There is express legislative intent to impose double punishment for conduct which violates both OCGA § 16-11-106 and other felony statutes. OCGA § 16-11-106(e) states that " [a]ny crime committed in violation of subsection [ ](b) ... of this Code section shall be considered a separate offense" from the offense of possession of a firearm during the commission of any of said crimes. The crimes encompassed by the broad language of OCGA § 16-11-106(b) include offenses such as aggravated assault, armed robbery, kidnapping, and burglary.

(Citations and punctuation omitted.) Golden v. State, 233 Ga.App. 703, 705(2)(c), 505 S.E.2d 242 (1998). See OCGA § 16-11-106(e); Wiley v. State, 250 Ga. 343, 351(6), 296 S.E.2d 714 (1982); Garibay, 290 Ga.App. at 387(3), 659 S.E.2d 775; McMachren v. State, 187 Ga.App. 793, 796(4), 371 S.E.2d 445 (1988). It follows that McKenzie's sentence was not void as a result of the trial court's failure to merge his convictions.

         2. McKenzie next challenges his sentence on the ground that it constitutes cruel and unusual punishment, in violation of the Eighth Amendment, among other procedural grounds. To the extent that McKenzie's claims take issue with the procedure employed in imposing his sentence, they are barred by the doctrine of res judicata and will not be considered. McElreath v. State, 284 Ga.App. 349, 643 S.E.2d 863 (2007).

          We nonetheless note that the trial court's sentence fell within the statutory range of punishment. See OCGA §§ 16-5-21(b); 16-8-41(b); 16-11-106(b). " It is well established that the trial court has the discretion to impose sentence within the parameters prescribed by the statute and if the sentence is within the statutory limits, the appellate courts will not review it." (Citations and punctuation omitted.) Bennett v. State, 292 Ga.App. 382, 385(1), 665 S.E.2d 365 (2008). See Taylor v. State, 261 Ga.App. 248, 249(3), 582 S.E.2d 209 (2003); Pollard v. State, 230 Ga.App. 159, 161-162(5), 495 S.E.2d 629 (1998). Moreover, it was within the trial court's discretion to order that McKenzie's sentences on armed robbery and aggravated assault run consecutively. See OCGA § 17-10-10(a); Bennett, 292 Ga.App. at 385(1), 665 S.E.2d 365. And finally,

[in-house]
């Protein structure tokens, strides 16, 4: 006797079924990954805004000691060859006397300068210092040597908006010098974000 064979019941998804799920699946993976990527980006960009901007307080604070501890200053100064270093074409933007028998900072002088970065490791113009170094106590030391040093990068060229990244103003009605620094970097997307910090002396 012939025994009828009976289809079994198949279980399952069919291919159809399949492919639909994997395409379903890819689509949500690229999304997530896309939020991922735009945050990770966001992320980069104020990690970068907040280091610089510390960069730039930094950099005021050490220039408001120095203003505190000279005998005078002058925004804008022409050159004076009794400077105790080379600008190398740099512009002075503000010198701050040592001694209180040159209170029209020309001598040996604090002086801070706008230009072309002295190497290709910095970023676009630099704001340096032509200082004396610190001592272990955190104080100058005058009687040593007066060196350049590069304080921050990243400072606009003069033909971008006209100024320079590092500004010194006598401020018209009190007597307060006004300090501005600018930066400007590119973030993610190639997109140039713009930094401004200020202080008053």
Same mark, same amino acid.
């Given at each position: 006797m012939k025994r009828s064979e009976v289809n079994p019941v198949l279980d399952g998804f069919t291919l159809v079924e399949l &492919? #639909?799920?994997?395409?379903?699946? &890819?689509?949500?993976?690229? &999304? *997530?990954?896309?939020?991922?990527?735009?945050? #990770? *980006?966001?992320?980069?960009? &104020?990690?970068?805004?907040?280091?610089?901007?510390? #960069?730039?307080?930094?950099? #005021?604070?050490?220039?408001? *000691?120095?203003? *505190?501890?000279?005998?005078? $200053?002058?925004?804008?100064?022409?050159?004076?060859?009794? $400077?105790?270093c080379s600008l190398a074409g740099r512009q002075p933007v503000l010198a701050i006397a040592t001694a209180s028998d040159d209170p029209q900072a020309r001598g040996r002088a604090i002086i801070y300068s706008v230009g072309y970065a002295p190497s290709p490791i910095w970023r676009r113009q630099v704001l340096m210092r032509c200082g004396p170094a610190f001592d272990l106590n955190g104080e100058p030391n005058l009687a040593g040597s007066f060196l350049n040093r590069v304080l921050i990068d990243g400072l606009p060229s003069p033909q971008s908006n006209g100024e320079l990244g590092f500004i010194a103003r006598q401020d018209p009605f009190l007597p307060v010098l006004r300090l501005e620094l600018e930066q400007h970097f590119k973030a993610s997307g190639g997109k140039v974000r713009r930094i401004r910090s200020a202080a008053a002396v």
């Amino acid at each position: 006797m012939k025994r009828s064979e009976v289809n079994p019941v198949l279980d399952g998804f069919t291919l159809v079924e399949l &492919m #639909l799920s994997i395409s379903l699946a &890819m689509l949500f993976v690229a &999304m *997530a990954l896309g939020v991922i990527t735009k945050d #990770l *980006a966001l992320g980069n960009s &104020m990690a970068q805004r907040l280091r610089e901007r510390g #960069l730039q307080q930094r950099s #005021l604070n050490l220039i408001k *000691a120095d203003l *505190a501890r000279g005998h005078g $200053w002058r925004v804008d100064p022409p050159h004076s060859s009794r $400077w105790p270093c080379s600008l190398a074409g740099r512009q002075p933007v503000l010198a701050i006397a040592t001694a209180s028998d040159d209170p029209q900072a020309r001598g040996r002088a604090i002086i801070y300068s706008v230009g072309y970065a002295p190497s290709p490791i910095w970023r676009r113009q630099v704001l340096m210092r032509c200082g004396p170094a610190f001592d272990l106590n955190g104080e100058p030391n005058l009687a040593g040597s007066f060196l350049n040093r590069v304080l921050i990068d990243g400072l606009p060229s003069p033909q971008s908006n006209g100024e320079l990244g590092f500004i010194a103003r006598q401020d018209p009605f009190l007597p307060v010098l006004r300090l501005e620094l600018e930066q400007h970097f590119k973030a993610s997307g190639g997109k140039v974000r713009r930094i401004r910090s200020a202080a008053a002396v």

[a] presumption arises when a defendant is sentenced within the statutory limits set by the legislature that such sentence does not violate the Eighth Amendment's guarantee against cruel and unusual punishment. Such presumption remains until a defendant sets forth a factual predicate showing that such legislatively authorized punishment was so overly severe or excessive in proportion to the offense as to shock the conscience.

(Citation and punctuation omitted.) Kollie, 301 Ga.App. at 543-544(10), 687 S.E.2d 869, 878. See also Bennett, 292 Ga.App. at 385(1), 665 S.E.2d 365. McKenzie has failed to do so.

          Judgment affirmed.

          SMITH, P.J., and PHIPPS, J., concur.

Summaries of

McKenzie v. State

Court of Appeals of Georgia
Mar 1, 2010
302 Ga. App. 538 (Ga. Ct. App. 2010)
Case details for

McKenzie v. State

Case Details

Full title:McKENZIE v. THE STATE

Court:Court of Appeals of Georgia

Date published: Mar 1, 2010


302 Ga. App. 538 (Ga. Ct. App. 2010)
302 Ga. App. 538